Focusing on the foundation years

Posted by Dan Breslin / Friday 28 August 2015 / Children's centres Early intervention

In their first few years, children go through a period of development unlike any other time in their lives. Before age five, children will take big steps in developing their language, social and emotional skills.

This period is so important to a child’s future that it is commonly known as the foundation years. Without getting things right at this stage, some children are left falling behind their peers before they even reach school.

This is why successive governments have focused their efforts on services and programmes aimed at this age group, including children’s centres. Their work with young children had a clearly positive effect on children and parents.

Arguably a victim of their own success, children’s centres have increasingly been seen as excellent way to support older children. In a difficult funding climate, questions are now being asked about where centres should be prioritising resources.

"Without getting things right at this stage, some children are left falling behind their peers before they even reach school."

Focusing on the foundation years briefing

Given how important the foundation years are, we believe that this is where we should be consolidating resources. Children’s centres are already doing the greatest amount of work with babies and younger children and it’s where their interventions can make a significant difference. We are not alone in considering this a sensible approach in challenging times.

To achieve this, we believe any outcomes framework for children’s centres must look at progress on child development by age five. This would give centres a clear steer on where to direct the majority of their work.

Focusing on development during the foundation years depends on more than just focusing resources. It is about giving every child the best start in life. We will need to think about how to make the most of other services working with children’s centres.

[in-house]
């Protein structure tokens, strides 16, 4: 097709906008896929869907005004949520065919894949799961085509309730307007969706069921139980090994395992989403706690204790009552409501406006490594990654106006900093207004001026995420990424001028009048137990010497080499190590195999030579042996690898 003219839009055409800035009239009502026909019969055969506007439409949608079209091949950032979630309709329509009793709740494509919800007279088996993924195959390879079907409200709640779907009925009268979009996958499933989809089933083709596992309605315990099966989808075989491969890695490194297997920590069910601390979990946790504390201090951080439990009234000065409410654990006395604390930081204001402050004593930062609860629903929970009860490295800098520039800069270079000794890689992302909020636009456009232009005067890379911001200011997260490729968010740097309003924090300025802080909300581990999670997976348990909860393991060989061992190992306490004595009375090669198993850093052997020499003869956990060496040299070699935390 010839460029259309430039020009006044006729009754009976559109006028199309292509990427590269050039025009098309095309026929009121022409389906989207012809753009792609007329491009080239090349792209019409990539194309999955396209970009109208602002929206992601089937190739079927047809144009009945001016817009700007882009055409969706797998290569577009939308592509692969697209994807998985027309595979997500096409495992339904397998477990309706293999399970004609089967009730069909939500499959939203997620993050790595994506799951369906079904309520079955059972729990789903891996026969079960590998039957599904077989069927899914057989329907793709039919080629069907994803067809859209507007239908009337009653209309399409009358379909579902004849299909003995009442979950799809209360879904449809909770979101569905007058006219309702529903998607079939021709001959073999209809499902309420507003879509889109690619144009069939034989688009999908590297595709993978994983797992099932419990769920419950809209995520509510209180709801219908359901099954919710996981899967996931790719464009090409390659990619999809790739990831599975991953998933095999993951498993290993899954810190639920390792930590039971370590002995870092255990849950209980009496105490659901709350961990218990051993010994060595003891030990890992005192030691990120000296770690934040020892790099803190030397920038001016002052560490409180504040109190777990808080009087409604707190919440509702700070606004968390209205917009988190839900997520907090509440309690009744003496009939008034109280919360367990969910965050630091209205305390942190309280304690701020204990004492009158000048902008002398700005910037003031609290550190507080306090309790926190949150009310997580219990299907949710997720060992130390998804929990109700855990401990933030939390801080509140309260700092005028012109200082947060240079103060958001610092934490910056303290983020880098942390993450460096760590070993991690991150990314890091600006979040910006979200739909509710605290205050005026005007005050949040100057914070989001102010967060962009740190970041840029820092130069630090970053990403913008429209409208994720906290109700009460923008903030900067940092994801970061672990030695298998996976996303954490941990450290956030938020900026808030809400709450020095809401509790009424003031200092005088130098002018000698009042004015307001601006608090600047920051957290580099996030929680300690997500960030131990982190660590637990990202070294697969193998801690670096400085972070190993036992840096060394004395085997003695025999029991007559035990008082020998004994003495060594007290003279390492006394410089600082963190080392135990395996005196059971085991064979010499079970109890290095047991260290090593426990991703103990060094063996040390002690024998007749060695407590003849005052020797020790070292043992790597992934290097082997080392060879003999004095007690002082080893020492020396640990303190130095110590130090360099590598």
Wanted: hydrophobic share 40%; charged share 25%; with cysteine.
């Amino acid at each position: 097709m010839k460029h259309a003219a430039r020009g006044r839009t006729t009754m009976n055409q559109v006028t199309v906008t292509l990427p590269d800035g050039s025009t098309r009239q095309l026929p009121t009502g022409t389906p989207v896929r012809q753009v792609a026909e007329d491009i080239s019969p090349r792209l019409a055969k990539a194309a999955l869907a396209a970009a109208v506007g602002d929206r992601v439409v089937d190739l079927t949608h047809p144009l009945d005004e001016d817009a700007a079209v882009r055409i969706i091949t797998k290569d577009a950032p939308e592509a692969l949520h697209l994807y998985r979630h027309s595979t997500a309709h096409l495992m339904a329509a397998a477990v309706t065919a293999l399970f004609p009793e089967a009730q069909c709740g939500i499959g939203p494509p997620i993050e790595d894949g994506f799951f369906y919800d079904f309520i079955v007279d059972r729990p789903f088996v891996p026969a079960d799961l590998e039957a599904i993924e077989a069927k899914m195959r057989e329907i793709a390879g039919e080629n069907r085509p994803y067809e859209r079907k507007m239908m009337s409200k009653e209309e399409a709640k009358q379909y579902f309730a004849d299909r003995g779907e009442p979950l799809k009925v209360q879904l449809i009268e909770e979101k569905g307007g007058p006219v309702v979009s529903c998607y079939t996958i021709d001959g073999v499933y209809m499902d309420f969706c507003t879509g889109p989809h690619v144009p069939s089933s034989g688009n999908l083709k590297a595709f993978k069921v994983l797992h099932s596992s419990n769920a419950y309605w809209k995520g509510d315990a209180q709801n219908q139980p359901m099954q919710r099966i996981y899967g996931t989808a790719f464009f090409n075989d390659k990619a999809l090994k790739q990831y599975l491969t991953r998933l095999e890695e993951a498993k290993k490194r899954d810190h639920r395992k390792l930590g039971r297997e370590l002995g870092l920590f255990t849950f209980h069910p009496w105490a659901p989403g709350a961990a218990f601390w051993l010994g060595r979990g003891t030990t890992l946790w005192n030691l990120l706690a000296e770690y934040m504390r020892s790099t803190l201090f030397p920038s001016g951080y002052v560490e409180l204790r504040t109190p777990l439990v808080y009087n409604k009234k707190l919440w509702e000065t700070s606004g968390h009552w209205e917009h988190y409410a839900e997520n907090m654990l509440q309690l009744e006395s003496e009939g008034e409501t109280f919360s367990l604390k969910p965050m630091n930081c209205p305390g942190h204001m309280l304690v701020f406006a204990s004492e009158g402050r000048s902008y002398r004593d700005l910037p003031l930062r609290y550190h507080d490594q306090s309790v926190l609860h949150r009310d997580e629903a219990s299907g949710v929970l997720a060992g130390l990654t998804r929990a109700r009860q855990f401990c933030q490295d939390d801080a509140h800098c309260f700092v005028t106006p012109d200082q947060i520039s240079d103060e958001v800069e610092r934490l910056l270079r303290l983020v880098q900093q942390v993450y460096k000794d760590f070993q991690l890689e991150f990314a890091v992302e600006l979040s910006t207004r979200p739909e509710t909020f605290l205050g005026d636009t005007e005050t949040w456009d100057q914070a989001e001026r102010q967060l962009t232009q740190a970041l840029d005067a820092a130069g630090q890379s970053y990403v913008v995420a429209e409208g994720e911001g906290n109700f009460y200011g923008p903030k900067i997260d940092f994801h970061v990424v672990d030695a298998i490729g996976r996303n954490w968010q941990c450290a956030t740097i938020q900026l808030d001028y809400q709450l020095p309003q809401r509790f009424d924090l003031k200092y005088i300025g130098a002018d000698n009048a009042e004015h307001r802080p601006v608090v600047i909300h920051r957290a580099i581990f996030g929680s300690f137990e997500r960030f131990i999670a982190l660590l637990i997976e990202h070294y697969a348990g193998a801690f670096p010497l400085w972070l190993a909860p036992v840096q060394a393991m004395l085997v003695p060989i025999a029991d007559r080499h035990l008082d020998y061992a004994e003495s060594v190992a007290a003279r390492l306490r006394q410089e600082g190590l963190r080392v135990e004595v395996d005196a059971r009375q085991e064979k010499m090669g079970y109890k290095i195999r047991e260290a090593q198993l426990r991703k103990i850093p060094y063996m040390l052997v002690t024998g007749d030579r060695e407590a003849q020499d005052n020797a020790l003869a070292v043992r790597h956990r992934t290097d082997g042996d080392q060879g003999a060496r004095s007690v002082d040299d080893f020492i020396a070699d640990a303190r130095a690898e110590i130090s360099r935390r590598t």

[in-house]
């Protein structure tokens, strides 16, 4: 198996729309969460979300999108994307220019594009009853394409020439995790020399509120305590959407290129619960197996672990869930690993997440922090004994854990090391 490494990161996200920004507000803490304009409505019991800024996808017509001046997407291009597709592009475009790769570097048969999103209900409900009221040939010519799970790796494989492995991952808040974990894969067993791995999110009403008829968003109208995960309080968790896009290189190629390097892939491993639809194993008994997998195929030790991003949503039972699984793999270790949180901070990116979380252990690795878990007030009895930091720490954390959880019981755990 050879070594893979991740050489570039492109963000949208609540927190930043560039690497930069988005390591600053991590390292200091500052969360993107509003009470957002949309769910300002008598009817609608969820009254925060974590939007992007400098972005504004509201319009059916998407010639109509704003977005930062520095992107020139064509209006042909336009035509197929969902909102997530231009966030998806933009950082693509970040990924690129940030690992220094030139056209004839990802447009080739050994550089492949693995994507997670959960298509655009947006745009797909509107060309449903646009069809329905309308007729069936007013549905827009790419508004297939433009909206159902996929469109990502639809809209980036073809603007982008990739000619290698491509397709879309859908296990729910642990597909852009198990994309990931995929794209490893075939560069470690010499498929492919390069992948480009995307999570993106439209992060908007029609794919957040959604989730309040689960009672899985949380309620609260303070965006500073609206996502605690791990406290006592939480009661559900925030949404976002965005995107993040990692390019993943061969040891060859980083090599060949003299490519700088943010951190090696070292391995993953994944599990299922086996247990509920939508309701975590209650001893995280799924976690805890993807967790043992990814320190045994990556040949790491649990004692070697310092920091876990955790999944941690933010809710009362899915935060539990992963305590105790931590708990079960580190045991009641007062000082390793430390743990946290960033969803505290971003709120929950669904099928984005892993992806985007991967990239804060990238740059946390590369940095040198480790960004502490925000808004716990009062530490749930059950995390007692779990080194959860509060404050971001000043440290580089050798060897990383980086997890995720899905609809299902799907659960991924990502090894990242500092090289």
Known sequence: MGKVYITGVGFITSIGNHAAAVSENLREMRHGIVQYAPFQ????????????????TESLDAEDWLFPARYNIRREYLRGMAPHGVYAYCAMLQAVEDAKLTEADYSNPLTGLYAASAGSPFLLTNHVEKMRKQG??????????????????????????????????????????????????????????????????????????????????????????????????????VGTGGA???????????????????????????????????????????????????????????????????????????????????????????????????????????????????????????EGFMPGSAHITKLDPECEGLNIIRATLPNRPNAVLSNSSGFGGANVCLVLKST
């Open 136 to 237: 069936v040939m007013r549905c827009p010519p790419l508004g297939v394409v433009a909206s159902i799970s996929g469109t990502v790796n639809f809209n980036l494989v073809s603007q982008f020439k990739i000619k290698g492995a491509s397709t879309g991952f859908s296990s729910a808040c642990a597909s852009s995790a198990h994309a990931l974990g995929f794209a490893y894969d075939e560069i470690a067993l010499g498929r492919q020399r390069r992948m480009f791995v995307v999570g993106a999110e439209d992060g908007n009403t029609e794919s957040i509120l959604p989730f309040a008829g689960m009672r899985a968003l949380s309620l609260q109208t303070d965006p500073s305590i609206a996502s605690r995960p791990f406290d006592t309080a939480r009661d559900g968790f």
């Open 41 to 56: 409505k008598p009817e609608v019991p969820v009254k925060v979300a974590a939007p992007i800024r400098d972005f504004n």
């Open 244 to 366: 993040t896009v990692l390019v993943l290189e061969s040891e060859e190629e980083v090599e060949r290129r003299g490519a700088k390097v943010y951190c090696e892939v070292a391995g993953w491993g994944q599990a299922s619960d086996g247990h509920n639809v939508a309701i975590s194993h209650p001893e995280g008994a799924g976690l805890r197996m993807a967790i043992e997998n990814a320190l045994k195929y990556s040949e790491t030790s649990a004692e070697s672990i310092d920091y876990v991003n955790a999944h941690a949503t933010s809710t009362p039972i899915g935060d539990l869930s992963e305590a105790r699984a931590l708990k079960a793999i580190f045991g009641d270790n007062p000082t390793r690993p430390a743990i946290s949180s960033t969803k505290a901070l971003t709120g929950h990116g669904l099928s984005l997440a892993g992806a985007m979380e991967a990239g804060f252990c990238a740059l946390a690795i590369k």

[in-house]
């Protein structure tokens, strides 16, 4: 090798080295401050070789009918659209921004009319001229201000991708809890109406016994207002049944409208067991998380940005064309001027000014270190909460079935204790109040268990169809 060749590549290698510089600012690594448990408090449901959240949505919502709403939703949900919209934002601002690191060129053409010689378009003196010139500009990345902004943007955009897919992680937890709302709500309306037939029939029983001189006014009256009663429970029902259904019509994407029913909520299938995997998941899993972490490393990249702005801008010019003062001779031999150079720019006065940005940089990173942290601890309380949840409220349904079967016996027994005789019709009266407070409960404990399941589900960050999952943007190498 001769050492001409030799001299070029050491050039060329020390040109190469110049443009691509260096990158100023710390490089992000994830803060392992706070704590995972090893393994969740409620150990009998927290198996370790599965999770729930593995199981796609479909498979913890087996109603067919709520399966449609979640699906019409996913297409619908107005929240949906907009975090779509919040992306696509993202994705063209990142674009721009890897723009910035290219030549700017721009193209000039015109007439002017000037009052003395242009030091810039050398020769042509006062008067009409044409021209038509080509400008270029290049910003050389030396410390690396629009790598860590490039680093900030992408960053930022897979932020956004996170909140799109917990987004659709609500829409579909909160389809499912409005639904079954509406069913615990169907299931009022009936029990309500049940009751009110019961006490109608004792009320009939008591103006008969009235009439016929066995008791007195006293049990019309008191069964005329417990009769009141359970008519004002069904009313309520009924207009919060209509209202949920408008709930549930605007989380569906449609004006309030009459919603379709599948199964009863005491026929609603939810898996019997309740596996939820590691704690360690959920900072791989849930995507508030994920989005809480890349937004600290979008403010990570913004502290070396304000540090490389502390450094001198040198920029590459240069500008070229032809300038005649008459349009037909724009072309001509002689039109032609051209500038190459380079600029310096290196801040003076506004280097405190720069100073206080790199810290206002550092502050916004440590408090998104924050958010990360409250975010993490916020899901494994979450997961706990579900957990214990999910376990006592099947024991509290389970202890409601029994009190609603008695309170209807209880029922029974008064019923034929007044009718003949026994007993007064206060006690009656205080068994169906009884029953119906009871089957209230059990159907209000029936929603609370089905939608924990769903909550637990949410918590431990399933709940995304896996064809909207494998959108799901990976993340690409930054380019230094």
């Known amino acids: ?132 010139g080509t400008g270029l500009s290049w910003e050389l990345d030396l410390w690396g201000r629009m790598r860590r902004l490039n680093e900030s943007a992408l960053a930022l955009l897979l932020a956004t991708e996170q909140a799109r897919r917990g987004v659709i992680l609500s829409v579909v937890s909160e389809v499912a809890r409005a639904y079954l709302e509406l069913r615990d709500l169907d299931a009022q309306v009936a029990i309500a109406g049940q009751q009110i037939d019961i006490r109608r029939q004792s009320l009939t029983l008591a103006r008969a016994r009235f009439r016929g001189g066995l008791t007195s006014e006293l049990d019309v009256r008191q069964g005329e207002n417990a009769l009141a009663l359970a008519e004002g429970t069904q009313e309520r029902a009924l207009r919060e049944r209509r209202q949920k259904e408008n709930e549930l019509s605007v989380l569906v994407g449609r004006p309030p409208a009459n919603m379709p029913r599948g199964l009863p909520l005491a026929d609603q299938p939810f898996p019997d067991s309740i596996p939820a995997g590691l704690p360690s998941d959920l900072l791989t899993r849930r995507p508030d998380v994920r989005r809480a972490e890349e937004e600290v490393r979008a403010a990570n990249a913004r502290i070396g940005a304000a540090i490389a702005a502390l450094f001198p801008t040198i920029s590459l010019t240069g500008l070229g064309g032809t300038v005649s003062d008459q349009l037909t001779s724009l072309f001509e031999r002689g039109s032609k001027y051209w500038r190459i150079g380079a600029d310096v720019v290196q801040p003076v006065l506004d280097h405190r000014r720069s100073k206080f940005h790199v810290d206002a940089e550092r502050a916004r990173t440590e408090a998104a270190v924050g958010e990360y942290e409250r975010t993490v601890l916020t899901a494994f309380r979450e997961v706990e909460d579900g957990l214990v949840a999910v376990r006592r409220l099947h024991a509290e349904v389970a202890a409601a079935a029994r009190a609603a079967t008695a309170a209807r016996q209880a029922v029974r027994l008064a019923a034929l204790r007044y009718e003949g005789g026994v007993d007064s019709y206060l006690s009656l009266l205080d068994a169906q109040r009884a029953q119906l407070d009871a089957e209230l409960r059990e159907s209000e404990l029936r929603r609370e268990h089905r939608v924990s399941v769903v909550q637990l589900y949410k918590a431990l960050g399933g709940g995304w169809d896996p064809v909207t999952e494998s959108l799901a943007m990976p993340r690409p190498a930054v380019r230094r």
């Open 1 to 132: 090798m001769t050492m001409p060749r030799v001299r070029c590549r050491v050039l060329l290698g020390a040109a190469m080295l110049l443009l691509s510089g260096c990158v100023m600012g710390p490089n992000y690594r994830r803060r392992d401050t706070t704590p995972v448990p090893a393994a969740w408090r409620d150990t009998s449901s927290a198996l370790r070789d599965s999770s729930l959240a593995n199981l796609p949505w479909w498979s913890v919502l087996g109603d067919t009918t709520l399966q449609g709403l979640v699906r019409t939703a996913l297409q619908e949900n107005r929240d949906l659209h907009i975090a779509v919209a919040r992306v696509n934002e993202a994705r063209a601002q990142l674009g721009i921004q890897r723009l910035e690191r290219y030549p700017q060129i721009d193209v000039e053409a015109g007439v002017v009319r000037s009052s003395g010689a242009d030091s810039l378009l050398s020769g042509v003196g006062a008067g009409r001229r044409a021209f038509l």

A crucial part of this will be health visitors. As a universal service for families, they provide a crucial gateway between services, like children’s centres, and families themselves. Health visitors already work with children’s centres, delivering classes and drop in sessions weekly or fortnightly. However, we can go further and use children’s centres as a permanent base for health visitors.

"We can go further and use children’s centres as a permanent base for health visitors."

Focusing on the foundation years briefing

This would build on the integrated work between early years and health visitors that we already see through the integrated review that all children receive between the ages of two and two and a half. It would mean that families will come into contact with centres when they meet health visitors, where staff can better identify what additional support is needed.

Getting things right for young children means that we can’t overlook the antenatal period. It is an important time for child development in its own right, when parents are already learning and adjusting to big changes in their lives.

This is why we think that children’s centres should be playing a bigger role in the antenatal period. They already provide classes and help signpost parents to other classes, but we want all parents to be making contact with centres before their child is born. Making centres as a hub for antenatal services would be an ideal way to achieve this.

Local authorities face a lot of competing priorities as, increasingly, do children’s centres themselves. But giving all children the best start in life must be at the top of the agenda. Making children’s centres a hub for child development is an ideal way to ensure that such services remain effective, efficient and accessible.

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